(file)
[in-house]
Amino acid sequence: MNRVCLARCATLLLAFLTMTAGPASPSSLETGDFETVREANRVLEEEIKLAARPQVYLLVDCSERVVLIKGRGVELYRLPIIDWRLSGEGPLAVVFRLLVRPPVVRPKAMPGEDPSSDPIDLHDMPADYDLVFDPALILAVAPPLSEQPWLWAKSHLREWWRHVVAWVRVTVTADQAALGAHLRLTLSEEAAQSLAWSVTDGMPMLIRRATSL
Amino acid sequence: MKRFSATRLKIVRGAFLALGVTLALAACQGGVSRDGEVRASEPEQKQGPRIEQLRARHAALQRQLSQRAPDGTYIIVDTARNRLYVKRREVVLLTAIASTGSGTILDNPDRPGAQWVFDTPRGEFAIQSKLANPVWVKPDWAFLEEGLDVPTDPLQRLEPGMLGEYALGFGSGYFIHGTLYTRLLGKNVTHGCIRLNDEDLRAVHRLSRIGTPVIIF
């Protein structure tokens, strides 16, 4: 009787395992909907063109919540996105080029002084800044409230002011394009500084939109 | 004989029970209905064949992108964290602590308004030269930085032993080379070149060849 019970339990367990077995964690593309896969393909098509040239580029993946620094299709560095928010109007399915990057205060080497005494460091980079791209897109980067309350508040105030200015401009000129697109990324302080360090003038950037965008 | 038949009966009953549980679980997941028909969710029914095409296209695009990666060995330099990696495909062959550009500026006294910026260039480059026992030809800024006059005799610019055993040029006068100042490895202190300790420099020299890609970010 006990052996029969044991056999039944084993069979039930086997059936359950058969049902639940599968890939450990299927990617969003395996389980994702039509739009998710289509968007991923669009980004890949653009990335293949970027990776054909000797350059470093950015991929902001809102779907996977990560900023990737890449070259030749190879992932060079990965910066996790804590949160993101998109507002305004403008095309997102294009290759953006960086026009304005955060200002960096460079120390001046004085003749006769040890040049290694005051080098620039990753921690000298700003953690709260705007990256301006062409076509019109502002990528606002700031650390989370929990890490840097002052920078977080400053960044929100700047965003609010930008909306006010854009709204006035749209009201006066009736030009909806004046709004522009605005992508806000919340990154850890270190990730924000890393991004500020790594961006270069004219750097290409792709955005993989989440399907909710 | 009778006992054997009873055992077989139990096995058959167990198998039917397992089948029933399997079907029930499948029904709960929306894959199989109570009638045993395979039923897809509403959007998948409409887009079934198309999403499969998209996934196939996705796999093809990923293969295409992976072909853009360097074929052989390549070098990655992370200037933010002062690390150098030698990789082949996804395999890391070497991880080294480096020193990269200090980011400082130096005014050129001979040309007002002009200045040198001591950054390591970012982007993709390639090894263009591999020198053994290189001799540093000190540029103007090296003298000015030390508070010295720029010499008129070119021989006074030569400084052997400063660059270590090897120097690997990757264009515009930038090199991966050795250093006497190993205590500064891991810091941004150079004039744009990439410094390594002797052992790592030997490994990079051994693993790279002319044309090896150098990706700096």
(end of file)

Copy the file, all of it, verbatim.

[in-house]
Amino acid sequence: MNRVCLARCATLLLAFLTMTAGPASPSSLETGDFETVREANRVLEEEIKLAARPQVYLLVDCSERVVLIKGRGVELYRLPIIDWRLSGEGPLAVVFRLLVRPPVVRPKAMPGEDPSSDPIDLHDMPADYDLVFDPALILAVAPPLSEQPWLWAKSHLREWWRHVVAWVRVTVTADQAALGAHLRLTLSEEAAQSLAWSVTDGMPMLIRRATSL
Amino acid sequence: MKRFSATRLKIVRGAFLALGVTLALAACQGGVSRDGEVRASEPEQKQGPRIEQLRARHAALQRQLSQRAPDGTYIIVDTARNRLYVKRREVVLLTAIASTGSGTILDNPDRPGAQWVFDTPRGEFAIQSKLANPVWVKPDWAFLEEGLDVPTDPLQRLEPGMLGEYALGFGSGYFIHGTLYTRLLGKNVTHGCIRLNDEDLRAVHRLSRIGTPVIIF
């Protein structure tokens, strides 16, 4: 009787395992909907063109919540996105080029002084800044409230002011394009500084939109 | 004989029970209905064949992108964290602590308004030269930085032993080379070149060849 019970339990367990077995964690593309896969393909098509040239580029993946620094299709560095928010109007399915990057205060080497005494460091980079791209897109980067309350508040105030200015401009000129697109990324302080360090003038950037965008 | 038949009966009953549980679980997941028909969710029914095409296209695009990666060995330099990696495909062959550009500026006294910026260039480059026992030809800024006059005799610019055993040029006068100042490895202190300790420099020299890609970010 006990052996029969044991056999039944084993069979039930086997059936359950058969049902639940599968890939450990299927990617969003395996389980994702039509739009998710289509968007991923669009980004890949653009990335293949970027990776054909000797350059470093950015991929902001809102779907996977990560900023990737890449070259030749190879992932060079990965910066996790804590949160993101998109507002305004403008095309997102294009290759953006960086026009304005955060200002960096460079120390001046004085003749006769040890040049290694005051080098620039990753921690000298700003953690709260705007990256301006062409076509019109502002990528606002700031650390989370929990890490840097002052920078977080400053960044929100700047965003609010930008909306006010854009709204006035749209009201006066009736030009909806004046709004522009605005992508806000919340990154850890270190990730924000890393991004500020790594961006270069004219750097290409792709955005993989989440399907909710 | 009778006992054997009873055992077989139990096995058959167990198998039917397992089948029933399997079907029930499948029904709960929306894959199989109570009638045993395979039923897809509403959007998948409409887009079934198309999403499969998209996934196939996705796999093809990923293969295409992976072909853009360097074929052989390549070098990655992370200037933010002062690390150098030698990789082949996804395999890391070497991880080294480096020193990269200090980011400082130096005014050129001979040309007002002009200045040198001591950054390591970012982007993709390639090894263009591999020198053994290189001799540093000190540029103007090296003298000015030390508070010295720029010499008129070119021989006074030569400084052997400063660059270590090897120097690997990757264009515009930038090199991966050795250093006497190993205590500064891991810091941004150079004039744009990439410094390594002797052992790592030997490994990079051994693993790279002319044309090896150098990706700096």